Lenni Paolini is already making tracks in the business world — while she’s a junior at Shelton High School.
Lenni was recently named the president/CEO of the Connecticut state chapter of DECA. She oversees many things, including the upcoming fall leadership conference.
“It’s a lot of responsibility, but I’m up for the challenge,” she said.
DECA, an international student organization previously known as the Distributive Education Clubs of America, seeks to “prepare emerging leaders and entrepreneurs for careers in marketing, finance, hospitality, and management in high schools and colleges around the globe.”
‘A way to learn and grow’
“DECA is a way to learn and grow” in the business field, Lenni said. “It provides so many opportunities. It really introduced me to the business world.”
She hopes to major in business, with a connection to fashion, when she goes to college.
Lenni joined the SHS chapter of DECA during her sophomore year at school. She won the statewide post during the 60th annual DECA State Leadership Conference on Feb. 27.
Speeches and references
She said the process of running for the post took a while. There were speeches to make, a seven-page application to finish, special approvals to be obtained from the headmaster and advisers, and more.
“Lenni put her heart and soul into her campaign and in DECA activities,” said SHS Headmaster Beth Smith in a press release. “We congratulate her on this wonderful accomplishment and wish her the best of luck next year.”
Although Lenni doesn’t officially become the head of the state chapter until next school year, she has already been talking to her staff daily and learning the ropes of what will be expected of her. She will meet her state officer team of students once or twice a month but they will email or text all the time.
“I was definitely excited,” Lenni said, of learning she would be the next state president. “I worked on that application for two months. I learned a lot about myself.”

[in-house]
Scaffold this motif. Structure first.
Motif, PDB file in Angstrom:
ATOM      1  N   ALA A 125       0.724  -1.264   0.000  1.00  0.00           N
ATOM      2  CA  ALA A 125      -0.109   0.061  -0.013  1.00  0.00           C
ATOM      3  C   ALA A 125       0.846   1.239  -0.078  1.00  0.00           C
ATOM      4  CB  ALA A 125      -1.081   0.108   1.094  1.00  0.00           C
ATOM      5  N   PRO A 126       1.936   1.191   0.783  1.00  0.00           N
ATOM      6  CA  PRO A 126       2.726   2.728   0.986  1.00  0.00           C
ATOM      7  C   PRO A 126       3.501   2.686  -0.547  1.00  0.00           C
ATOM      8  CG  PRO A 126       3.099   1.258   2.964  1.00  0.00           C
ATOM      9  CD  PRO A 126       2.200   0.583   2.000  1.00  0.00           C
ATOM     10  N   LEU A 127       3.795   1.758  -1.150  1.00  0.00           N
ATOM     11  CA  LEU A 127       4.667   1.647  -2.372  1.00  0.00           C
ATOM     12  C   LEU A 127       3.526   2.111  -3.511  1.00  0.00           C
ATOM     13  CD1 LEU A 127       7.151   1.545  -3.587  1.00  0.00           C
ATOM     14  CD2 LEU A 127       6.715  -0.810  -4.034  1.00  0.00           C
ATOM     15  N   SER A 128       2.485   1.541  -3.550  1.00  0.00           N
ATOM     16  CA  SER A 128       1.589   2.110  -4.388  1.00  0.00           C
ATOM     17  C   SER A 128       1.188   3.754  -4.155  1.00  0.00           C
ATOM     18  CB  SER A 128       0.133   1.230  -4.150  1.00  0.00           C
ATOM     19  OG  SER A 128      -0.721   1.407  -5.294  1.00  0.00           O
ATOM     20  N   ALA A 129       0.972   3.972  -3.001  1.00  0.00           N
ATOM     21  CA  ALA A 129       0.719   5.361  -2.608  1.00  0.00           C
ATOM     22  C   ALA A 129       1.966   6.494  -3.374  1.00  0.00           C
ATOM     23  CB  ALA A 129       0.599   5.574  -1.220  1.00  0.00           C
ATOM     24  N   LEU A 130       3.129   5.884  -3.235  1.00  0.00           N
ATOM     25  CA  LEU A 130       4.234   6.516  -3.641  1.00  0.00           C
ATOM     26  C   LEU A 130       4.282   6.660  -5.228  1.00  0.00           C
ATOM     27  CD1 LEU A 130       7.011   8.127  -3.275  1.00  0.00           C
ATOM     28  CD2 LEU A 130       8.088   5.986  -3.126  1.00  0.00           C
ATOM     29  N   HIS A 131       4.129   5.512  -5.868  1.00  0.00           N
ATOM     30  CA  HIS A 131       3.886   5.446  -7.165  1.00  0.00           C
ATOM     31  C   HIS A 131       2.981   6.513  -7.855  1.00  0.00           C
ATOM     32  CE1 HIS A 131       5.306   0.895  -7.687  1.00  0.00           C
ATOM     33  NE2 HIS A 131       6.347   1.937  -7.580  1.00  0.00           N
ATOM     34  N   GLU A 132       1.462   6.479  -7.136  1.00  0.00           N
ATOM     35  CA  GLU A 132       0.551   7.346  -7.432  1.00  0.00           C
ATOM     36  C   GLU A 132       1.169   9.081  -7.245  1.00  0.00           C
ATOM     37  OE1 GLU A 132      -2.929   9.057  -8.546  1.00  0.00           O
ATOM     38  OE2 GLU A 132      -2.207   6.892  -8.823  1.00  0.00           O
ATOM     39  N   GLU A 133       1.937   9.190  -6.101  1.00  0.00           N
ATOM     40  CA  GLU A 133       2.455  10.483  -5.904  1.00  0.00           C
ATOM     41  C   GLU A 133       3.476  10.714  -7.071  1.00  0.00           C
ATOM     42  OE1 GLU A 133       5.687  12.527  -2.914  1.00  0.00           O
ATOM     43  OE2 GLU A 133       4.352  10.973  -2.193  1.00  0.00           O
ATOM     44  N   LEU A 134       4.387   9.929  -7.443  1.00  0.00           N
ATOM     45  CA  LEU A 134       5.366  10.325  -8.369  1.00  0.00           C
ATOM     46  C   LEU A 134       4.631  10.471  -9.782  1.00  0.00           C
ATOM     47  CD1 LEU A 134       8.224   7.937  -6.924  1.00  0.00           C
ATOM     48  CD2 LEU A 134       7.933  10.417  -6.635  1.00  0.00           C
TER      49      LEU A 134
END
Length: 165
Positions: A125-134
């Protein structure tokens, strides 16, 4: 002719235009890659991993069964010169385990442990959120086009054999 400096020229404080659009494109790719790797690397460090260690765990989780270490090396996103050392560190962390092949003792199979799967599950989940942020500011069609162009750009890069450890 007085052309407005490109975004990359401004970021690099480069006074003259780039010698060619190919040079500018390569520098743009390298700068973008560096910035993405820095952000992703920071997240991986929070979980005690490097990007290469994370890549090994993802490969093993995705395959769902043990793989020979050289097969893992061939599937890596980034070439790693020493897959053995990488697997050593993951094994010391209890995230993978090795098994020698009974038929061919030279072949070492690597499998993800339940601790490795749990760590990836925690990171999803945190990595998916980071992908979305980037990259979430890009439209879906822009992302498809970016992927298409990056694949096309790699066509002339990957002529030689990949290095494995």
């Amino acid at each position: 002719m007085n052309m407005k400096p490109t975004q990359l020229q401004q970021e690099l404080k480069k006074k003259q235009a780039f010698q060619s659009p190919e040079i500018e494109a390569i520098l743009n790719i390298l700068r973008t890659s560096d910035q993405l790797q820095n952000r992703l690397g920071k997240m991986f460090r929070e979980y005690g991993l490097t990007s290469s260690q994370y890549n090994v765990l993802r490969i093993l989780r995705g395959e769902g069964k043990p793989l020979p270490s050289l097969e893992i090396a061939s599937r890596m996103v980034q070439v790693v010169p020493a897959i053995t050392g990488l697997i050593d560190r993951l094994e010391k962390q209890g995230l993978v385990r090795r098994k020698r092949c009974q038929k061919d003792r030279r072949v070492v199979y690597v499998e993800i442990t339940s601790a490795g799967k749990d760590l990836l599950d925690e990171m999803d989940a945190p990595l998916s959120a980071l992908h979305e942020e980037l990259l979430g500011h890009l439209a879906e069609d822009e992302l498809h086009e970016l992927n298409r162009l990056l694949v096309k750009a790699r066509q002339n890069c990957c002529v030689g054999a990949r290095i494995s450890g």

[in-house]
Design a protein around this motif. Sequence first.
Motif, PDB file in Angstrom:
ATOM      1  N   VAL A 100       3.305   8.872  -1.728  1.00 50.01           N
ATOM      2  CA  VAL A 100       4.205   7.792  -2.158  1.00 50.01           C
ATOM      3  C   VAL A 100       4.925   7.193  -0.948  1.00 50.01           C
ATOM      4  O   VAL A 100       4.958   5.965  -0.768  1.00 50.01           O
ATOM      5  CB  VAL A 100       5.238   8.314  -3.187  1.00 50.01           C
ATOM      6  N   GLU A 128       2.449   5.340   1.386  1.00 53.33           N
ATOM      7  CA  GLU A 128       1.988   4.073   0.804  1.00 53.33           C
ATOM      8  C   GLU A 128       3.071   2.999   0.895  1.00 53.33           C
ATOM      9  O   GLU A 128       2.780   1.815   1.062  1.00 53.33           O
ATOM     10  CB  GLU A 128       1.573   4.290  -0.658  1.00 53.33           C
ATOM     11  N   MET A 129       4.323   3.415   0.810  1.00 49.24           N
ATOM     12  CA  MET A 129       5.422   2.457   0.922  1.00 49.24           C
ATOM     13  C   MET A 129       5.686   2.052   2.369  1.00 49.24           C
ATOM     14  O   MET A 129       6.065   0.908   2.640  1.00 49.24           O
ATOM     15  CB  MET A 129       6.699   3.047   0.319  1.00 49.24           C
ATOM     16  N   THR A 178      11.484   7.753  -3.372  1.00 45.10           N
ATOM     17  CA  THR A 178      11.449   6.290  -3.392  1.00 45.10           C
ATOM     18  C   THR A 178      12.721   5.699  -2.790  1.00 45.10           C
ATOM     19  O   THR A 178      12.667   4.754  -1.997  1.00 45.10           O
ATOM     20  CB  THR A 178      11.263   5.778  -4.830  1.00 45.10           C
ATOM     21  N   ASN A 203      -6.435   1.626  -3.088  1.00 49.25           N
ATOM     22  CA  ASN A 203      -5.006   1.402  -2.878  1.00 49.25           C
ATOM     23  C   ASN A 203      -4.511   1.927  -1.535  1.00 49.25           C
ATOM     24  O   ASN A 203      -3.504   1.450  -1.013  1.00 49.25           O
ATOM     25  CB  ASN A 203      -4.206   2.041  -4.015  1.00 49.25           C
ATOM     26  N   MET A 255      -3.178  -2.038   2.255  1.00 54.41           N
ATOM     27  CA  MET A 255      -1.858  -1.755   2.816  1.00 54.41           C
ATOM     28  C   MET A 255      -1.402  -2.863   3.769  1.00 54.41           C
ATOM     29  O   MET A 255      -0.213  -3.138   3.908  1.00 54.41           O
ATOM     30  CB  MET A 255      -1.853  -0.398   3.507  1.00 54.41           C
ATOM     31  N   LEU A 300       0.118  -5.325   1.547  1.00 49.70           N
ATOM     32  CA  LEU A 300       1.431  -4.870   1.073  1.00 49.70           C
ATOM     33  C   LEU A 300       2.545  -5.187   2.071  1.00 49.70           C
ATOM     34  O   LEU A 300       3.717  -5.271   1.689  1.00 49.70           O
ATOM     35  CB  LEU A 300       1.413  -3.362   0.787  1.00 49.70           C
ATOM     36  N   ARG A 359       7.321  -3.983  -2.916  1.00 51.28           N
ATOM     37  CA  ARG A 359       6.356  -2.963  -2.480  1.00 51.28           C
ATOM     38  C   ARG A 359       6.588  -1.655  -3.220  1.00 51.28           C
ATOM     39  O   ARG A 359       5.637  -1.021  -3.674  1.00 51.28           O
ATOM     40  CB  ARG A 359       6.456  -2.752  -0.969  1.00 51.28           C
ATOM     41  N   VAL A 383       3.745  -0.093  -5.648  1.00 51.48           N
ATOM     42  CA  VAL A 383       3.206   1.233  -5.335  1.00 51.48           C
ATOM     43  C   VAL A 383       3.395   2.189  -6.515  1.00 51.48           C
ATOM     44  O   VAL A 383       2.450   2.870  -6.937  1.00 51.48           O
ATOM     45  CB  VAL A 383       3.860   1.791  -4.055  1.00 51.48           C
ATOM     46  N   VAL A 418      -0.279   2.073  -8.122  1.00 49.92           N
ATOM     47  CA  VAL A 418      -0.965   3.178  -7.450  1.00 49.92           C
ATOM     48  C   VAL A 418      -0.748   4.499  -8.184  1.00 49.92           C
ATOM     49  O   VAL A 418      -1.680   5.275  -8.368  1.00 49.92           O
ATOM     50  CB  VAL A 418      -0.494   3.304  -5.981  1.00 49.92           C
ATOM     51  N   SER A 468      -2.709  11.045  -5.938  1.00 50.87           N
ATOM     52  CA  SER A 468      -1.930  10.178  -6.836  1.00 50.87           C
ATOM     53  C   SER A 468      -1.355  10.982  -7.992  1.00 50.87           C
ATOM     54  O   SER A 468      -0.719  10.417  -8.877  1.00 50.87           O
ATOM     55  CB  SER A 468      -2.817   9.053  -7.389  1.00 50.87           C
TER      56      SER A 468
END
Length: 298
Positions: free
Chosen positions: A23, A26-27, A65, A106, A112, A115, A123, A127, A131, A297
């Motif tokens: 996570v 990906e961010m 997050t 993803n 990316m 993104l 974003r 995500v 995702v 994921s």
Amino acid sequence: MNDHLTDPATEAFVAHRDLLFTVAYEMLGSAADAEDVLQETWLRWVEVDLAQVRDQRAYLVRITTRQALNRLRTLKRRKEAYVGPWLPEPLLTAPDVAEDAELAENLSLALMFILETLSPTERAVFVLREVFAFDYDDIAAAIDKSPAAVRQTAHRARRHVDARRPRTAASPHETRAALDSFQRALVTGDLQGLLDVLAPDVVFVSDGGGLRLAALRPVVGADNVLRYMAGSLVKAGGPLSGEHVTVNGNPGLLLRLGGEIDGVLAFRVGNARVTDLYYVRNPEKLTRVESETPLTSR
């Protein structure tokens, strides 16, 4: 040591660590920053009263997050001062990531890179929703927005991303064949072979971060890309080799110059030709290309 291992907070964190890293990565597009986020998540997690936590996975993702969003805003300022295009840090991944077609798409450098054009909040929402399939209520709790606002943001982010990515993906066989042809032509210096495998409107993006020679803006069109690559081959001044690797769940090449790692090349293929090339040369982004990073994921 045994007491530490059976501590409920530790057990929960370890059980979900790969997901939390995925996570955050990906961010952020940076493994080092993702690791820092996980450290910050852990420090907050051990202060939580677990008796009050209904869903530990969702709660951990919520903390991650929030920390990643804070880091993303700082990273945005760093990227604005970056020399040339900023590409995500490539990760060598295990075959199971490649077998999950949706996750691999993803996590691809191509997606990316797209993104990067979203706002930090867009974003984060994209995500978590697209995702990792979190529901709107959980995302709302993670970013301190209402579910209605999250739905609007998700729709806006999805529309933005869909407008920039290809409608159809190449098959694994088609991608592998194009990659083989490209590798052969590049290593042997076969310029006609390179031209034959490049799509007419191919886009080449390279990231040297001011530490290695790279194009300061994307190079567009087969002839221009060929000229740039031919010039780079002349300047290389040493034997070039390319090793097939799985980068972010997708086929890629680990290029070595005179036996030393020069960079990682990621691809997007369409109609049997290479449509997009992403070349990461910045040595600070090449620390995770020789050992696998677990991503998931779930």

The SHS DECA chapter currently has about 30 students. Lenni said one of her goals is to make that number higher. The biggest chapter in the state is somewhere near 200 members.
She said she would like her fellow classmates to see that networking even with other students in other schools is beneficial. “You can build business relationships,” Lenni said.
Bottom line is, “DECA looks good to colleges,” so it’s a good idea to have that on your application, she said.
Road race will benefit charity
Lenni is helping to get people to the April 5K in Meriden, where DECA is hosting the event to raise money for the Muscular Dystrophy Association, which is the organization’s charity of choice. All DECA chapters from the state will be there.
“It’s definitely a fun day,” she said. The event runs from 11 to 3.
Swim team, school volunteer
Lenni has her plate full. Besides her duties with DECA, Lenni will be the captain of the swim team next year. She also volunteers for the Booth Hill after-school Spanish club.
Soon, she will attend the International Career Development Conference in Anaheim, Calif. She will also be attending an officer training session, and is seeking help from the community to fund the trip. She has been asking local businesses and selling lollipops so far to help. Lenni said DECA can be a costly endeavor, but what she’s learning from it makes it worthwhile.
Joining DECA costs $20, and includes local and state membership.
For more information, visit CtDeca.org. To make a donation to the SHS chapter, email email@example.com.